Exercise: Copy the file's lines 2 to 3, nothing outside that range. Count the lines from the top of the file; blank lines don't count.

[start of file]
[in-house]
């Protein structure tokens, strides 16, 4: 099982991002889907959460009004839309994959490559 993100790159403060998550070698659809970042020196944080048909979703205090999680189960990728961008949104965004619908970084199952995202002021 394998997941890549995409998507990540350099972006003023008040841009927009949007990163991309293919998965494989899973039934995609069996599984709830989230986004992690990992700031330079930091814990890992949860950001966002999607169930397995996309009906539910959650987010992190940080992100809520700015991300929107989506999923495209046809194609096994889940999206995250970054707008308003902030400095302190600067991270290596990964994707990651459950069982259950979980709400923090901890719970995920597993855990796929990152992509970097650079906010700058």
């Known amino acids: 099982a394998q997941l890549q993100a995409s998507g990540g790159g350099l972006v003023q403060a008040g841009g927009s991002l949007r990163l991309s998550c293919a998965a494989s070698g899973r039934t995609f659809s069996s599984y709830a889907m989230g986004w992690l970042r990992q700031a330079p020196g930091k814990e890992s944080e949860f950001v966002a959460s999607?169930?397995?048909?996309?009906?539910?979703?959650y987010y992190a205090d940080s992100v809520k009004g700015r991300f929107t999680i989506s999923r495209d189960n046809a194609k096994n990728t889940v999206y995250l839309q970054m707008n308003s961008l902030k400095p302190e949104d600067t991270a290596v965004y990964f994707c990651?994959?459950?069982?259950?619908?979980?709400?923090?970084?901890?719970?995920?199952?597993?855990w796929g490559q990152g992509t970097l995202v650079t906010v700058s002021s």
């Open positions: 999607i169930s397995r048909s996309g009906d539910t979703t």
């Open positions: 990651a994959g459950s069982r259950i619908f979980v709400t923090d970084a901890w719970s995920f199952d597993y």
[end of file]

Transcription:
């Protein structure tokens, strides 16, 4: 099982991002889907959460009004839309994959490559 993100790159403060998550070698659809970042020196944080048909979703205090999680189960990728961008949104965004619908970084199952995202002021 394998997941890549995409998507990540350099972006003023008040841009927009949007990163991309293919998965494989899973039934995609069996599984709830989230986004992690990992700031330079930091814990890992949860950001966002999607169930397995996309009906539910959650987010992190940080992100809520700015991300929107989506999923495209046809194609096994889940999206995250970054707008308003902030400095302190600067991270290596990964994707990651459950069982259950979980709400923090901890719970995920597993855990796929990152992509970097650079906010700058």
């Known amino acids: 099982a394998q997941l890549q993100a995409s998507g990540g790159g350099l972006v003023q403060a008040g841009g927009s991002l949007r990163l991309s998550c293919a998965a494989s070698g899973r039934t995609f659809s069996s599984y709830a889907m989230g986004w992690l970042r990992q700031a330079p020196g930091k814990e890992s944080e949860f950001v966002a959460s999607?169930?397995?048909?996309?009906?539910?979703?959650y987010y992190a205090d940080s992100v809520k009004g700015r991300f929107t999680i989506s999923r495209d189960n046809a194609k096994n990728t889940v999206y995250l839309q970054m707008n308003s961008l902030k400095p302190e949104d600067t991270a290596v965004y990964f994707c990651?994959?459950?069982?259950?619908?979980?709400?923090?970084?901890?719970?995920?199952?597993?855990w796929g490559q990152g992509t970097l995202v650079t906010v700058s002021s």